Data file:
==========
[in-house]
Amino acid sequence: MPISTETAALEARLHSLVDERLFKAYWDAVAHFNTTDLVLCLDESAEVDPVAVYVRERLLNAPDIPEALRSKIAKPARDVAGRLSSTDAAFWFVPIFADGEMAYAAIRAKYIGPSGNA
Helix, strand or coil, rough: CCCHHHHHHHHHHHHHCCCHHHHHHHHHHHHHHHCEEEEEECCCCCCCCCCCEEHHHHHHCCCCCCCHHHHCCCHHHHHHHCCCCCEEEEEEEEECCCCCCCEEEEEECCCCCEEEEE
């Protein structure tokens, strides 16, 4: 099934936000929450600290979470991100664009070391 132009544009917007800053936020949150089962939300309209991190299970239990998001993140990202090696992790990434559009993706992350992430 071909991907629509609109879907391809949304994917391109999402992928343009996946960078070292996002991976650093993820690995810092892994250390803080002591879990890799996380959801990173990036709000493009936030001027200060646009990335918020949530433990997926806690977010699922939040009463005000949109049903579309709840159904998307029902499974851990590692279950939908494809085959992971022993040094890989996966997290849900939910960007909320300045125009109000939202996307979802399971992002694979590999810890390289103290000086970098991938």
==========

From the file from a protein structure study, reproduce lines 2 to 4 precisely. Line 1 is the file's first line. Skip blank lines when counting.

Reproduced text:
Amino acid sequence: MPISTETAALEARLHSLVDERLFKAYWDAVAHFNTTDLVLCLDESAEVDPVAVYVRERLLNAPDIPEALRSKIAKPARDVAGRLSSTDAAFWFVPIFADGEMAYAAIRAKYIGPSGNA
Helix, strand or coil, rough: CCCHHHHHHHHHHHHHCCCHHHHHHHHHHHHHHHCEEEEEECCCCCCCCCCCEEHHHHHHCCCCCCCHHHHCCCHHHHHHHCCCCCEEEEEEEEECCCCCCCEEEEEECCCCCEEEEE
């Protein structure tokens, strides 16, 4: 099934936000929450600290979470991100664009070391 132009544009917007800053936020949150089962939300309209991190299970239990998001993140990202090696992790990434559009993706992350992430 071909991907629509609109879907391809949304994917391109999402992928343009996946960078070292996002991976650093993820690995810092892994250390803080002591879990890799996380959801990173990036709000493009936030001027200060646009990335918020949530433990997926806690977010699922939040009463005000949109049903579309709840159904998307029902499974851990590692279950939908494809085959992971022993040094890989996966997290849900939910960007909320300045125009109000939202996307979802399971992002694979590999810890390289103290000086970098991938």